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A Word on Burnout in Studies

I went ahead and counted all the information security resources I have hoarded over the years of learning it and the numbers are staggering:

  • 96 courses saved on LinkedIn Learning, most of which I haven’t even started
  • 40 e-books that were purchased from bundles on Humble Bundle that I’ve never read
  • 6 more hardcopy books lying around my house that I haven’t finished
  • 6 Udemy courses that were purchased, but never finished
  • 3 months of CodeAcademy Pro that I got for free and have barely used
  • 1 free month of Pluralsight that I haven’t used at all

The list goes on, but you get the idea. Am I just a terrible student? Perhaps, but I did end up learning something, so maybe it’s not that simple. I am sure many of you can relate to what I just described - hoarding learning resources, but never using them. The sole fact that you are hoarding learning resources is indicative of the fact that you have the motivation to learn. If you were disinterested in learning or lacked the motivation to, you wouldn’t be saving learning resources for later, you wouldn’t be looking for them at all, so perhaps the issue is not lack of motivation? For now it’s not, but if you don’t get your learning habits under control, it may lead to a lack of motivation.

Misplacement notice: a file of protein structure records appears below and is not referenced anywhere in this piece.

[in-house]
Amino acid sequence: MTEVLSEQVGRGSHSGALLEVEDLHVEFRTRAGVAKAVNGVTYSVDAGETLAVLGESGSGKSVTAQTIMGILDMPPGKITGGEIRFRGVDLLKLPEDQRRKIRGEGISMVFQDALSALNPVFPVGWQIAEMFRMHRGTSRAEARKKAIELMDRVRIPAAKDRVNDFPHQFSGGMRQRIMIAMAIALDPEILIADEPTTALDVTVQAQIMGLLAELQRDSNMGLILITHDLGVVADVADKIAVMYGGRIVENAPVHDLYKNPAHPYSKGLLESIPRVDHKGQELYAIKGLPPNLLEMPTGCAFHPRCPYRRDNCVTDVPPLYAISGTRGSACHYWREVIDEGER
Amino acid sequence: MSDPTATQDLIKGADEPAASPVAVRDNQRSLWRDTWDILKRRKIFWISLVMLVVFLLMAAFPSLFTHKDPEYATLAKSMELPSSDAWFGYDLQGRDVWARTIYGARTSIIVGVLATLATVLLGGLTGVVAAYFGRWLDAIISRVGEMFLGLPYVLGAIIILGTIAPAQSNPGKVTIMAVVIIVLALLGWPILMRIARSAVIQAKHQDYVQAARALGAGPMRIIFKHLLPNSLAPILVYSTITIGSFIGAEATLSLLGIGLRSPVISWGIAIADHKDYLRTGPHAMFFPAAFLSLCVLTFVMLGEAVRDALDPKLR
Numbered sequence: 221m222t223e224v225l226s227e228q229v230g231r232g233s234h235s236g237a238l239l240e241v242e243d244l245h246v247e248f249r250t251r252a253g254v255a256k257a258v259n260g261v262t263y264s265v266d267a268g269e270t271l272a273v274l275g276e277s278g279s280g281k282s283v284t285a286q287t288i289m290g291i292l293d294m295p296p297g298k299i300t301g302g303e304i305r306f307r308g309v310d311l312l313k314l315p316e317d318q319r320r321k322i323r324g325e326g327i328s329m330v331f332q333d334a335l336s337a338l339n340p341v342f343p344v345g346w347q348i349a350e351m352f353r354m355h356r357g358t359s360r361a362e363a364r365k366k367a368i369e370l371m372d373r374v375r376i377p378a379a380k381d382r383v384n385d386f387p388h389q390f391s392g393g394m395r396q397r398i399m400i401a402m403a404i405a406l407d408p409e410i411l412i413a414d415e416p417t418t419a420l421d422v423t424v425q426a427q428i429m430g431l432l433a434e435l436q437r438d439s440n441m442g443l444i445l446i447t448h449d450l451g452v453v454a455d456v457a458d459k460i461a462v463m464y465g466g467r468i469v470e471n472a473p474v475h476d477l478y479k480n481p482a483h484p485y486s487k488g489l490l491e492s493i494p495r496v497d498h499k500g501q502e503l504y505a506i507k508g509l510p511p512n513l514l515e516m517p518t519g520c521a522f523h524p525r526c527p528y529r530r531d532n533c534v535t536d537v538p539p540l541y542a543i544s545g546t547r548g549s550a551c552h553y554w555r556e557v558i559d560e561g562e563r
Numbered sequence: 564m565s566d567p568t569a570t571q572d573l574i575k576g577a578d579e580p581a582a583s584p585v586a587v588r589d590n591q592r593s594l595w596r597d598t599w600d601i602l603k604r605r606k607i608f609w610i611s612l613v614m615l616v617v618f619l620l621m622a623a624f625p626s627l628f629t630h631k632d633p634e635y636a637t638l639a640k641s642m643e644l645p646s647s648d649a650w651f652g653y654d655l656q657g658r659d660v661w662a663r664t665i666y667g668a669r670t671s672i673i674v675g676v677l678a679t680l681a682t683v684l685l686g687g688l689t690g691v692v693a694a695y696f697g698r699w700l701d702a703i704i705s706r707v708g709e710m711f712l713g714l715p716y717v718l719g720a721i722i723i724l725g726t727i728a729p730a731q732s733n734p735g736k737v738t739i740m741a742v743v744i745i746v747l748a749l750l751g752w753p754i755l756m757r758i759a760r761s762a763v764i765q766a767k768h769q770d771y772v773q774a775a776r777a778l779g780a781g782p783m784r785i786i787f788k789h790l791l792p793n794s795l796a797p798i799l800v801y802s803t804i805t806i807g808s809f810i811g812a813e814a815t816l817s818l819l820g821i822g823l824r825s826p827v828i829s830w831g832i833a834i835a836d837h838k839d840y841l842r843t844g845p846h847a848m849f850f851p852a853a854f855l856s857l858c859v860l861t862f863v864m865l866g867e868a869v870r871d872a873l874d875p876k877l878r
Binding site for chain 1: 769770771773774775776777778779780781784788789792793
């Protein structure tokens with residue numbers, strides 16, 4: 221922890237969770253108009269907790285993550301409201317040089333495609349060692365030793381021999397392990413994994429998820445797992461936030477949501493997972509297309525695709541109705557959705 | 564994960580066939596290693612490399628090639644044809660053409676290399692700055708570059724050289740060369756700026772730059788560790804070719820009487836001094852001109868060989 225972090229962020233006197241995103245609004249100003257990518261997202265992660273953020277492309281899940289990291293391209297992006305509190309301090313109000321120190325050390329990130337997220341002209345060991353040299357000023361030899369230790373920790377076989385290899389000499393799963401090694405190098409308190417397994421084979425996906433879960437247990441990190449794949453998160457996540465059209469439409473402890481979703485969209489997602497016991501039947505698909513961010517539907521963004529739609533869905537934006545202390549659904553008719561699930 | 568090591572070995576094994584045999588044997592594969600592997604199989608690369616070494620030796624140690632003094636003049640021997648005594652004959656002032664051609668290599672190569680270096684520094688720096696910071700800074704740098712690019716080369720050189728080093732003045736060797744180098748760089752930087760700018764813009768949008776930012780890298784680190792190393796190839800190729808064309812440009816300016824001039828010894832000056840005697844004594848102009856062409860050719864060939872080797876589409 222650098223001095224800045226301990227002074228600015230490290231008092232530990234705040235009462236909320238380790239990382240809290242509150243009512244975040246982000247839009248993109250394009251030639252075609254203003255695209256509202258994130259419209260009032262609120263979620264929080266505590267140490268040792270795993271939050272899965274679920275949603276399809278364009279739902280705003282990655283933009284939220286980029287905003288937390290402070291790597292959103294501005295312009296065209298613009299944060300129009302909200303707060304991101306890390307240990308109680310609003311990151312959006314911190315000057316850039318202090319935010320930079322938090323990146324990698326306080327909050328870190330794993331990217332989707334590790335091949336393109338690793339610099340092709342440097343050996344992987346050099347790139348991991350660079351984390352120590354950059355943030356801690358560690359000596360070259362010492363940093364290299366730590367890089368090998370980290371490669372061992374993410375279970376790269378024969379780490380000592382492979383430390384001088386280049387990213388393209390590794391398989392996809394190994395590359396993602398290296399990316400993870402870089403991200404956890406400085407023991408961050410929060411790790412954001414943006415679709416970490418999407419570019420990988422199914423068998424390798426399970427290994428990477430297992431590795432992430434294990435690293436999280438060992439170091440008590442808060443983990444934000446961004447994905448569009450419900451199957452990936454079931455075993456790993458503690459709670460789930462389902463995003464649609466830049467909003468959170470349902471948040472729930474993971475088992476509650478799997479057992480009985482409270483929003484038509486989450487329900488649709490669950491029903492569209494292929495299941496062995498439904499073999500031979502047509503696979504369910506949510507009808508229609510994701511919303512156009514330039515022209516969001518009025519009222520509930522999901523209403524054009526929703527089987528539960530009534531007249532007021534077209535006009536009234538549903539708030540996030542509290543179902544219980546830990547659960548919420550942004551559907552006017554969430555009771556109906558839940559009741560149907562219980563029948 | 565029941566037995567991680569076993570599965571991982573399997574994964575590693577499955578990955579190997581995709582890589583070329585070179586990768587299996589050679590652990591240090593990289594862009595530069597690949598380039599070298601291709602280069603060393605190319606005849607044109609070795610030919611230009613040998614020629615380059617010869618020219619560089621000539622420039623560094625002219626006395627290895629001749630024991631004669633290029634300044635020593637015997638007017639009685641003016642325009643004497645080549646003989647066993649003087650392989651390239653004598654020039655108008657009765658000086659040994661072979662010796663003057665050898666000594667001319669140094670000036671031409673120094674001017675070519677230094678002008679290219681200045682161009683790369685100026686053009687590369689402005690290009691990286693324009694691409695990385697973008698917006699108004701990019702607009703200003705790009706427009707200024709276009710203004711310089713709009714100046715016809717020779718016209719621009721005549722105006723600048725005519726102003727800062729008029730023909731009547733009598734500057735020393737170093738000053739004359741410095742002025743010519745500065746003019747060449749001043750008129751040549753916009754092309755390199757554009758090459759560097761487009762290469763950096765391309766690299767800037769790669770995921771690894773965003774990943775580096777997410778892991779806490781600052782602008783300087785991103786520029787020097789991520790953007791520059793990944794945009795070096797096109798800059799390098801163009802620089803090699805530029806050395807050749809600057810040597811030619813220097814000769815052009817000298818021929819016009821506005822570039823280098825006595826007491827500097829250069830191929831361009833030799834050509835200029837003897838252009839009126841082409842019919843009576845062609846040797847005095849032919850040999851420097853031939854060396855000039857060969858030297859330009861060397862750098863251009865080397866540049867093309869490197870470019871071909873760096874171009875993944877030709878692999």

Passive Learning

There are hundreds of learning resources that I have bookmarked and never used, but don’t get it twisted, there’s also a whole bunch that I’ve read cover to cover multiple times. Video courses and books are incredibly useful sources of information, but there’s something you need to realize: you can’t continue learning from them solely forever. At some point the benefits of reading a book or watching a course are outweighed by the downsides of that kind of learning. Can you really blame yourself for slacking off of studying material that you find boring? Turns out yes you can, you can tell yourself that you have to, you can try forcing yourself to, but is it really worth it in the long run if you do? It’s not, let me tell you why.